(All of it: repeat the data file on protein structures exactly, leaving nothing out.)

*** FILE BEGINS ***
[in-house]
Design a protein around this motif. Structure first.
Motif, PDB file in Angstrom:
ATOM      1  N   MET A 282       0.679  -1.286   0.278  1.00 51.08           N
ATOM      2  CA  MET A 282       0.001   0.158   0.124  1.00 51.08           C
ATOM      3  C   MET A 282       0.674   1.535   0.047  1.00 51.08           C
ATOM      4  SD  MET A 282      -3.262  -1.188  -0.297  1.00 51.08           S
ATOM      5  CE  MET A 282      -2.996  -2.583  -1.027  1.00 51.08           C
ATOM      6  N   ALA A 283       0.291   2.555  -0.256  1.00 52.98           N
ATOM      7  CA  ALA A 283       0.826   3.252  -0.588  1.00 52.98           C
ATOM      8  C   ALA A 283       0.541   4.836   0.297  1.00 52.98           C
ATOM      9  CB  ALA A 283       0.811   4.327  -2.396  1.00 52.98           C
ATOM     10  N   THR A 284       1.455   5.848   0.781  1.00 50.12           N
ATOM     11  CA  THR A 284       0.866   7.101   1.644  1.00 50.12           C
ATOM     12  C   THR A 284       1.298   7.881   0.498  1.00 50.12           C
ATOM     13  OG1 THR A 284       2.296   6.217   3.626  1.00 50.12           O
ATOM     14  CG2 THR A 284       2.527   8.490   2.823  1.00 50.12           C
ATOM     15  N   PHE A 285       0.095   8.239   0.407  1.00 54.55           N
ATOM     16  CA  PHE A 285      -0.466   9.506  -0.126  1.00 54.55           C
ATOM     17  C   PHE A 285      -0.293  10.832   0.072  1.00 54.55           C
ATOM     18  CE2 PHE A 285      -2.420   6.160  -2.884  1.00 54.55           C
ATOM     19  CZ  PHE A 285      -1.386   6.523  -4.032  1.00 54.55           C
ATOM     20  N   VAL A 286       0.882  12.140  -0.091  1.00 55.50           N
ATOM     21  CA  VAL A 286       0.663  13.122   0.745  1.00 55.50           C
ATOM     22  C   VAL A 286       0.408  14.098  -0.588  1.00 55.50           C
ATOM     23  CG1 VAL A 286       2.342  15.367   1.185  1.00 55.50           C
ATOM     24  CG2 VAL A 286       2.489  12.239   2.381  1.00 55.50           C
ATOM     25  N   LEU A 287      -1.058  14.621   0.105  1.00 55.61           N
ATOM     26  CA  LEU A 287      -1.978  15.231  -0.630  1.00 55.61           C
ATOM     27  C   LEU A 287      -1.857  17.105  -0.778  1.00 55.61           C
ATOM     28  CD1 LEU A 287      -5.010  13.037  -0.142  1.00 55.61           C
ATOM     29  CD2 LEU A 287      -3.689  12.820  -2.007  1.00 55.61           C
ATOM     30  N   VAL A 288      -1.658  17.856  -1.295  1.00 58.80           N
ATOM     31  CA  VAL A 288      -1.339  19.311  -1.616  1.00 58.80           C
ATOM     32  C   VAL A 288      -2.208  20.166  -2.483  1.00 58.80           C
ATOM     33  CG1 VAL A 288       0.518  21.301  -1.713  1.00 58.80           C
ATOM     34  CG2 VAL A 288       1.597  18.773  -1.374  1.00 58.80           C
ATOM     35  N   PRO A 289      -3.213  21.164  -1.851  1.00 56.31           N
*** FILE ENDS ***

[in-house]
Design a protein around this motif. Structure first.
Motif, PDB file in Angstrom:
ATOM      1  N   MET A 282       0.679  -1.286   0.278  1.00 51.08           N
ATOM      2  CA  MET A 282       0.001   0.158   0.124  1.00 51.08           C
ATOM      3  C   MET A 282       0.674   1.535   0.047  1.00 51.08           C
ATOM      4  SD  MET A 282      -3.262  -1.188  -0.297  1.00 51.08           S
ATOM      5  CE  MET A 282      -2.996  -2.583  -1.027  1.00 51.08           C
ATOM      6  N   ALA A 283       0.291   2.555  -0.256  1.00 52.98           N
ATOM      7  CA  ALA A 283       0.826   3.252  -0.588  1.00 52.98           C
ATOM      8  C   ALA A 283       0.541   4.836   0.297  1.00 52.98           C
ATOM      9  CB  ALA A 283       0.811   4.327  -2.396  1.00 52.98           C
ATOM     10  N   THR A 284       1.455   5.848   0.781  1.00 50.12           N
ATOM     11  CA  THR A 284       0.866   7.101   1.644  1.00 50.12           C
ATOM     12  C   THR A 284       1.298   7.881   0.498  1.00 50.12           C
ATOM     13  OG1 THR A 284       2.296   6.217   3.626  1.00 50.12           O
ATOM     14  CG2 THR A 284       2.527   8.490   2.823  1.00 50.12           C
ATOM     15  N   PHE A 285       0.095   8.239   0.407  1.00 54.55           N
ATOM     16  CA  PHE A 285      -0.466   9.506  -0.126  1.00 54.55           C
ATOM     17  C   PHE A 285      -0.293  10.832   0.072  1.00 54.55           C
ATOM     18  CE2 PHE A 285      -2.420   6.160  -2.884  1.00 54.55           C
ATOM     19  CZ  PHE A 285      -1.386   6.523  -4.032  1.00 54.55           C
ATOM     20  N   VAL A 286       0.882  12.140  -0.091  1.00 55.50           N
ATOM     21  CA  VAL A 286       0.663  13.122   0.745  1.00 55.50           C
ATOM     22  C   VAL A 286       0.408  14.098  -0.588  1.00 55.50           C
ATOM     23  CG1 VAL A 286       2.342  15.367   1.185  1.00 55.50           C
ATOM     24  CG2 VAL A 286       2.489  12.239   2.381  1.00 55.50           C
ATOM     25  N   LEU A 287      -1.058  14.621   0.105  1.00 55.61           N
ATOM     26  CA  LEU A 287      -1.978  15.231  -0.630  1.00 55.61           C
ATOM     27  C   LEU A 287      -1.857  17.105  -0.778  1.00 55.61           C
ATOM     28  CD1 LEU A 287      -5.010  13.037  -0.142  1.00 55.61           C
ATOM     29  CD2 LEU A 287      -3.689  12.820  -2.007  1.00 55.61           C
ATOM     30  N   VAL A 288      -1.658  17.856  -1.295  1.00 58.80           N
ATOM     31  CA  VAL A 288      -1.339  19.311  -1.616  1.00 58.80           C
ATOM     32  C   VAL A 288      -2.208  20.166  -2.483  1.00 58.80           C
ATOM     33  CG1 VAL A 288       0.518  21.301  -1.713  1.00 58.80           C
ATOM     34  CG2 VAL A 288       1.597  18.773  -1.374  1.00 58.80           C
ATOM     35  N   PRO A 289      -3.213  21.164  -1.851  1.00 56.31           N